Kudos to Social Welfare Minister Paula Bennett for releasing her Green Paper on Vulnerable Children this week. May it provoke the kinds of discussions and decisions that will mean real action is taken on getting children through their early lives successfully, regardless of what kinds of backgrounds they come from and what kind of parents they are blessed - or lumbered - with.
Paying for breakfasts for all children in decile 1 -3 schools is a good, concrete start for the taxpayer to eventually be able to harvest more of his or her investment in education. And this is the way this service can be framed for those who - quite justifiably - wonder where their investments in benefits and working for families tax credits and the like end up.
If anything, I believe the investment in young children by the state should be greater, but so should the demands for actual results for the money spent.
Food and accommodation 'stamps' would be a great start, comprehensive before- and after-school programmes that keep bored tweens and teens off the street and parents working, and vigorous pursuit of chronic truants are all ways in which fed-up taxpayers might feel more is being done to safeguard our huge social spending bill.
In this climate, it's probably not going to be popular to propose even more spending by the state on those students who are falling through the cracks in the education system. But considering Paula Bennett's paper has thrown up the horrendous statistic that some 30,000 students are truant from school each day, something needs to be done to encourage students to get to school, eat their state-sponsored breakfast, and bloody well learn something.
Which is why it might be worth looking at a study from the US which shows that a project to pay students to go to school might be one of the most effective ways to keep young people engaged in their education.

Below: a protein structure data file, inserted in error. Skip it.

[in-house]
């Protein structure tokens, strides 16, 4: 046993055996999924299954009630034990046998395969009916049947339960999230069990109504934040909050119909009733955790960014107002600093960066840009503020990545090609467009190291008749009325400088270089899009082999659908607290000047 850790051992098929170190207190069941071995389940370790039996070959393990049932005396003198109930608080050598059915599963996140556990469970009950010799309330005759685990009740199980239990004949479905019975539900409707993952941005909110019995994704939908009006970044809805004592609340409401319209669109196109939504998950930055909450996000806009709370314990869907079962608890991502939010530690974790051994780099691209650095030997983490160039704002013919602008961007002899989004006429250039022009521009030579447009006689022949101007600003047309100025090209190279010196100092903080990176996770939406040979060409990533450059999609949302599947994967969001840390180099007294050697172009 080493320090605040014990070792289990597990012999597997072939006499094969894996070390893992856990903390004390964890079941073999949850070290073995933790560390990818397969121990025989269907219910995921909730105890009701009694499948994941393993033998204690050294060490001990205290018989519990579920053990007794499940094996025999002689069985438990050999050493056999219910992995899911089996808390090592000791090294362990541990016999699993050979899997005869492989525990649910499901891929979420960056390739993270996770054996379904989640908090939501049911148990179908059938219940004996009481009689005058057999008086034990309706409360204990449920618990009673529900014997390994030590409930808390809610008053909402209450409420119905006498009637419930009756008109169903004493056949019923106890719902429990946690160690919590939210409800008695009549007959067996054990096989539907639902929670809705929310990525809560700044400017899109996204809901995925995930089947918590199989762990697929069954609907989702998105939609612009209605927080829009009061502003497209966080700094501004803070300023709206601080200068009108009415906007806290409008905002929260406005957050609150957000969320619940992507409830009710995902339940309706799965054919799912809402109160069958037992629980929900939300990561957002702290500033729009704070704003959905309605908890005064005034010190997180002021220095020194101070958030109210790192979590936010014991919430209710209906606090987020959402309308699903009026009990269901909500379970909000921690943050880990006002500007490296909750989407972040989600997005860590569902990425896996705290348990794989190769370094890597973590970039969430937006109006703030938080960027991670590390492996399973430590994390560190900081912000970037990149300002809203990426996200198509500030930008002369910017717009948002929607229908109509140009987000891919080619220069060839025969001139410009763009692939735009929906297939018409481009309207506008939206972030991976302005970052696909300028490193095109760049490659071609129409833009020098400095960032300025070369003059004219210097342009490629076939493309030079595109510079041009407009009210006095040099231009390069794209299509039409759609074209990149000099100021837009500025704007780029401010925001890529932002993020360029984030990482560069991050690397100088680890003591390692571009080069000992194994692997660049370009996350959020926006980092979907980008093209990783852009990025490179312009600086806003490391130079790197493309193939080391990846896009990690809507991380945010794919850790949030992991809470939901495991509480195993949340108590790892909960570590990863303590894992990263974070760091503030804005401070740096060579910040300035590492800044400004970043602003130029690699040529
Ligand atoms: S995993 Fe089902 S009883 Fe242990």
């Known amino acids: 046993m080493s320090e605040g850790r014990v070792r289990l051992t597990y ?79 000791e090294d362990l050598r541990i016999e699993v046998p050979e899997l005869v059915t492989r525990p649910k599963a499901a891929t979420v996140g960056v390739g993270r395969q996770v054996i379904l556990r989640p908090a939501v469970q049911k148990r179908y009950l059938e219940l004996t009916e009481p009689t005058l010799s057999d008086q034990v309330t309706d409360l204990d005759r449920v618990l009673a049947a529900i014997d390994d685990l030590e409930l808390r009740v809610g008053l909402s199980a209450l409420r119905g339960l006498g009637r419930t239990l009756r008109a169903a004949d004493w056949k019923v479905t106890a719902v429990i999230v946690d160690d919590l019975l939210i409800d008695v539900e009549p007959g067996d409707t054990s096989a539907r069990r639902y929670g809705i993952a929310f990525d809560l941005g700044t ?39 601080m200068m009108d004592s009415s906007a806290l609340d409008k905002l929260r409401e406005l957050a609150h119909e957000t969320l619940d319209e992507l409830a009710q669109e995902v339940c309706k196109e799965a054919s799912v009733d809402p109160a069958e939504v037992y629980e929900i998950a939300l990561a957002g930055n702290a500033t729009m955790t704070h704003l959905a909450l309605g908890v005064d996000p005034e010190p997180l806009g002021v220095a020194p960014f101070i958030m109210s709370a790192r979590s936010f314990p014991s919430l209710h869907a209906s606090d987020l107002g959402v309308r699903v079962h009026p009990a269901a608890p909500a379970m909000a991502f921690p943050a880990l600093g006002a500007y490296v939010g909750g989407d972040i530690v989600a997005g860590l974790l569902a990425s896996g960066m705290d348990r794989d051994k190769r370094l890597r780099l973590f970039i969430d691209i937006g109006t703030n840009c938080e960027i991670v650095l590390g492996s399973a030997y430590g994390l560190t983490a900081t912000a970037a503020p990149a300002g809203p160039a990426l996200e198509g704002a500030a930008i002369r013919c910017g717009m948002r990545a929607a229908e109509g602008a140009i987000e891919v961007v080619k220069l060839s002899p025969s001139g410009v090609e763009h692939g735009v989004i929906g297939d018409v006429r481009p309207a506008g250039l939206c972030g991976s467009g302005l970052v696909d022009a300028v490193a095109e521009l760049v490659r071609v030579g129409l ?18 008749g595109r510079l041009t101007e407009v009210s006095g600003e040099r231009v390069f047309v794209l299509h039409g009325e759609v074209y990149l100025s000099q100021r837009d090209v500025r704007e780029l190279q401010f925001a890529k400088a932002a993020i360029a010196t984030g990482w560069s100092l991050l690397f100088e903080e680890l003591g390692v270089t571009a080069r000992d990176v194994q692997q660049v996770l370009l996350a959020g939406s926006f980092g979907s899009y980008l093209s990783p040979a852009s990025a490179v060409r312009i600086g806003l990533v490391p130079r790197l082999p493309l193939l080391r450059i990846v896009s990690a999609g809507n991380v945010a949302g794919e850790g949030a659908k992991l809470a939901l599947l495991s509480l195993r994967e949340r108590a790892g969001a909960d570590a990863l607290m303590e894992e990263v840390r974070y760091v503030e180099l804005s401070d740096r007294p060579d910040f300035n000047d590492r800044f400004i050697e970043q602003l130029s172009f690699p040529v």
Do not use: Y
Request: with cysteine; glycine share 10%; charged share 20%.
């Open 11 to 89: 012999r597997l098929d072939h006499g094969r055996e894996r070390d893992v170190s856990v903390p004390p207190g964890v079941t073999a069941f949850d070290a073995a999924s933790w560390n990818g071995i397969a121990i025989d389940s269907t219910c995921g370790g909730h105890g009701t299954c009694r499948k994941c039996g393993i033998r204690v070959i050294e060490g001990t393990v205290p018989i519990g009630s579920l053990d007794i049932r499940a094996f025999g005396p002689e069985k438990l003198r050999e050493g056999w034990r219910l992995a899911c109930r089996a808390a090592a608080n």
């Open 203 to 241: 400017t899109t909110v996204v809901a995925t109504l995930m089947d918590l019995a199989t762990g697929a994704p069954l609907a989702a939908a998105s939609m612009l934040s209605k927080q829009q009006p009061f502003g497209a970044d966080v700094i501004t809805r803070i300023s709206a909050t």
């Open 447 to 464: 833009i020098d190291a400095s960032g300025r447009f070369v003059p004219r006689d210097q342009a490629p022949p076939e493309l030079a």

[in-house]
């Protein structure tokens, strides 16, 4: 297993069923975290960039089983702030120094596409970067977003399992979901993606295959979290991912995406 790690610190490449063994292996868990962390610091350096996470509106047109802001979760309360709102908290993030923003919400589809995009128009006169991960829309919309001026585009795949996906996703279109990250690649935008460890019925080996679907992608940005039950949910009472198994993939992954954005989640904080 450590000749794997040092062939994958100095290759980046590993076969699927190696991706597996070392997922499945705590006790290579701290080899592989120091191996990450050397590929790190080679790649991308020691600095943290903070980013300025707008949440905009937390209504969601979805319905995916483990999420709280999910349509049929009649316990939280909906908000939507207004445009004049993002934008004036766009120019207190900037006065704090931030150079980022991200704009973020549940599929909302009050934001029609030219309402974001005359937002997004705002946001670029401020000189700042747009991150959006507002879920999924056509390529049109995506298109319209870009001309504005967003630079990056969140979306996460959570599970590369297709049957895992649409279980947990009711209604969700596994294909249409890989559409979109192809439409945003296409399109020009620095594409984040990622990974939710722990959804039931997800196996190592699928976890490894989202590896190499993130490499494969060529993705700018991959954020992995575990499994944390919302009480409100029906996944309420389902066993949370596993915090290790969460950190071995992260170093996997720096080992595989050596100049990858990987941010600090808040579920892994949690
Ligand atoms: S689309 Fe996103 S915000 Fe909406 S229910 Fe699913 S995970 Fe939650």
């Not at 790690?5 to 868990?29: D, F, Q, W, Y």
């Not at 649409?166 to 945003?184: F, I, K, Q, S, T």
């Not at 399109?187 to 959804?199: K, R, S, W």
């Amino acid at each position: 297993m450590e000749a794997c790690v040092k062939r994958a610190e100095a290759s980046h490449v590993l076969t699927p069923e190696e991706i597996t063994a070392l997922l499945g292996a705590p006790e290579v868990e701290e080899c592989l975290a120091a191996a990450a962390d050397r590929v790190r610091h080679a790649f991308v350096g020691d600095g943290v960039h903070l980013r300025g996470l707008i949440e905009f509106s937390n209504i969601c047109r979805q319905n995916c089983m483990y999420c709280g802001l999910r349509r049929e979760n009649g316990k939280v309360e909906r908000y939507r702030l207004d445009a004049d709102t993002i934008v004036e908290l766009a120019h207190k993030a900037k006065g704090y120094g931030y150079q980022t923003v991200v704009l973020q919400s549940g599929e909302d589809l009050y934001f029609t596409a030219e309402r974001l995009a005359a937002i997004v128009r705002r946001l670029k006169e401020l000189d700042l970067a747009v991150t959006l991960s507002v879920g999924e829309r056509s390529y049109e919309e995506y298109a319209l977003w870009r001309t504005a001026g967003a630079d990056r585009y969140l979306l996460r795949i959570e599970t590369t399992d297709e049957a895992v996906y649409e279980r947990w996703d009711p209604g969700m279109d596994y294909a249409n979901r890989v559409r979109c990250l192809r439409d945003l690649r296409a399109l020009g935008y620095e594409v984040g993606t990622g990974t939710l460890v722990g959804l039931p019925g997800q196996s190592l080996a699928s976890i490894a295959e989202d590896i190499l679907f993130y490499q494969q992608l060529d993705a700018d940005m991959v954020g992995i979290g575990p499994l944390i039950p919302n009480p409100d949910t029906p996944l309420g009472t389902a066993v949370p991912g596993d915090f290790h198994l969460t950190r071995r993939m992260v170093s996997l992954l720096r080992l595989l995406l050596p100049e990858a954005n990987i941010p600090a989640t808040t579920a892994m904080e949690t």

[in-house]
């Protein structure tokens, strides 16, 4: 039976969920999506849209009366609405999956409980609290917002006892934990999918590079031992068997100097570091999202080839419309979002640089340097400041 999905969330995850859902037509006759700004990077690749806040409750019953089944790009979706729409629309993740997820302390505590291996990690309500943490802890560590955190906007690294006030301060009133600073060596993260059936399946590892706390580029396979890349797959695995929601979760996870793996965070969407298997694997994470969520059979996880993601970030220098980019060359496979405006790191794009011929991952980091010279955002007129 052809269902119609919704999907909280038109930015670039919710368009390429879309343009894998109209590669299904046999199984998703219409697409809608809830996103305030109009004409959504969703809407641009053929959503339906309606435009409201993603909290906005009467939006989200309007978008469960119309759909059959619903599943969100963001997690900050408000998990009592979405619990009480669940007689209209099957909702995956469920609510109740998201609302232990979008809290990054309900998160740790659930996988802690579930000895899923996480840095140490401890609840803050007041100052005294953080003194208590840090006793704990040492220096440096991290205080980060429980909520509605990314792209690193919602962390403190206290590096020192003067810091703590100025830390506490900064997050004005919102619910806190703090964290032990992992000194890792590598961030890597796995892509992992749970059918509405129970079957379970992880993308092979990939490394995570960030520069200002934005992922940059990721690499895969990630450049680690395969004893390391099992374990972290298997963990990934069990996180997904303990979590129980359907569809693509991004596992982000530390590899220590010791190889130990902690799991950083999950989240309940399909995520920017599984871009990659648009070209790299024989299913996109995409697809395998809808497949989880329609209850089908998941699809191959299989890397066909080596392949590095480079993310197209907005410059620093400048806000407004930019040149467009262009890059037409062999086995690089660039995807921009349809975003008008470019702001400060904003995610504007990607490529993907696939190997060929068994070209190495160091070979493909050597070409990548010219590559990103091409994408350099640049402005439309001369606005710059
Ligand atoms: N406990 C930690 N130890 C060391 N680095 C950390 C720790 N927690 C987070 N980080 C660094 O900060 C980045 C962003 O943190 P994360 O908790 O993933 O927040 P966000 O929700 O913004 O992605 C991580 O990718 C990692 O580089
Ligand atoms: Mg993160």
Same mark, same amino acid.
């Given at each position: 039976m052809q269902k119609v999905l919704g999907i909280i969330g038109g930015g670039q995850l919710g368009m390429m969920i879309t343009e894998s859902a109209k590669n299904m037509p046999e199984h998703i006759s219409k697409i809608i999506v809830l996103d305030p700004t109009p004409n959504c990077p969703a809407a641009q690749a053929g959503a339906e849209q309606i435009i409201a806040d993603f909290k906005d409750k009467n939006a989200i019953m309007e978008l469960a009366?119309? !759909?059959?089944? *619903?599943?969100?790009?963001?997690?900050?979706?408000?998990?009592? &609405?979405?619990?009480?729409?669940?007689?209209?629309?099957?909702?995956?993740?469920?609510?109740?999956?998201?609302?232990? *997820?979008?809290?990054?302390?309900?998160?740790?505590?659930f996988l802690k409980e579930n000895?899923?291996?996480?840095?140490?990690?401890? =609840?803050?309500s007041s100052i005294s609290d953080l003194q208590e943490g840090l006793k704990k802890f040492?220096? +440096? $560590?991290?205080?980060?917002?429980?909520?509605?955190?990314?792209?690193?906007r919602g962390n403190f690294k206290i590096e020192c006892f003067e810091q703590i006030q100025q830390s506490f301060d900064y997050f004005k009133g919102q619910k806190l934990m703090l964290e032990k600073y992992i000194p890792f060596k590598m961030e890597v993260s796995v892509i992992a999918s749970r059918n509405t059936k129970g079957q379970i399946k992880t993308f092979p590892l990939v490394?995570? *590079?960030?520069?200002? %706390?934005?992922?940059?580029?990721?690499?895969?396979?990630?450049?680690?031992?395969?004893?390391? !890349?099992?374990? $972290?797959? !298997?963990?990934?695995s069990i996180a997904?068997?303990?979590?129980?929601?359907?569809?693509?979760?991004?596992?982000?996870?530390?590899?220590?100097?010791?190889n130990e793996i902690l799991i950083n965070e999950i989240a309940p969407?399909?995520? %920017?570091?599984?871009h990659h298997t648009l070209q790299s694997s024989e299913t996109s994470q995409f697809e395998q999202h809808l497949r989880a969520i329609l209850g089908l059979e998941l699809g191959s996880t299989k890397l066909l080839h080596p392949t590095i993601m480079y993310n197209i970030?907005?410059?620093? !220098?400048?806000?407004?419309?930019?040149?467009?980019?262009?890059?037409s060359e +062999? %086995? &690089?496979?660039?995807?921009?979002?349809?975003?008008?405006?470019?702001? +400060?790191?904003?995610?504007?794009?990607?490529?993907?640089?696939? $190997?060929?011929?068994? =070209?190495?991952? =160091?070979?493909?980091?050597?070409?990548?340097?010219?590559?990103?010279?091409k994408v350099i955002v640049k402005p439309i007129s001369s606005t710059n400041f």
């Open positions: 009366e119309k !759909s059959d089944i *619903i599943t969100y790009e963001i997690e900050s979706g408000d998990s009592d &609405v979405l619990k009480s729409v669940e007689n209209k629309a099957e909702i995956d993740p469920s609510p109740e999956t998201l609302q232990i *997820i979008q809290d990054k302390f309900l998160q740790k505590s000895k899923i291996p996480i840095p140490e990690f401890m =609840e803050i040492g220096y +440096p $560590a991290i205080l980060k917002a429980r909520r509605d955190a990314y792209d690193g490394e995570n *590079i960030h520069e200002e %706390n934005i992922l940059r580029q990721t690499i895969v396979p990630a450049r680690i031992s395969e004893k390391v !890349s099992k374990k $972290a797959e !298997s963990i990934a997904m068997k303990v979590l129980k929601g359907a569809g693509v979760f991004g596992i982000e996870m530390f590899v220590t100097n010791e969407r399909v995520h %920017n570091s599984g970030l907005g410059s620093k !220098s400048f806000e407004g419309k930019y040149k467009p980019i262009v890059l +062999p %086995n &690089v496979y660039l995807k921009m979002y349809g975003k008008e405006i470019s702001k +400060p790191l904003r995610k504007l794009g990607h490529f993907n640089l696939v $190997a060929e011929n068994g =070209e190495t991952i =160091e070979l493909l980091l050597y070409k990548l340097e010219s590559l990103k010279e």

Of course, the project, called The Knowledge Is Power Program (KIPP), was introduced to howls of protest by educators and communities who felt that pupils should not be paid to do something they should be doing anyhow - that somehow, they should be "doing it for the love of it".
But as we are all too aware, there are children whose families do not see the value in education, have no intention of ensuring their children attend, or are too consumed with day-to-day survival to think long-term.
The KIPP programme tried numerous different incentives to encourage children to attend school. Some involved paying kids based on grades attained (which usually didn't work), others paid kids to read (which worked better) and the best programmes paid kids based on things they actually could control - getting to school on time, paying attention, and having a positive attitude, for example.
The payments could total up to $100 every fortnight at the most. The best results for the programme over the long-term have been in poor areas, predominantly Hispanic and Afro-American schools, and perhaps most encouragingly, the rate at which boys responded to the tangible rewards was much greater than girls.
Fifteen years after the programme began it is still running in some places in the US, and the rewards and incentives offered are becoming more refined.
The key is that sometimes - just sometimes - "I love what learning gives me" becomes "I love learning" , and that is enough to ensure that a group of kids that would otherwise be lost is retained in education long enough to give its members much better prospects.
With the amount of grumbling going on about forking out more to give kids a simple breakfast, this is perhaps not the most palatable idea for many right now. But it's time to think "outside the box", to use a hackneyed phrase, and acknowledge that if some things are never going to come from the home, its in all our best interests that it comes anyhow.By Dita De Boni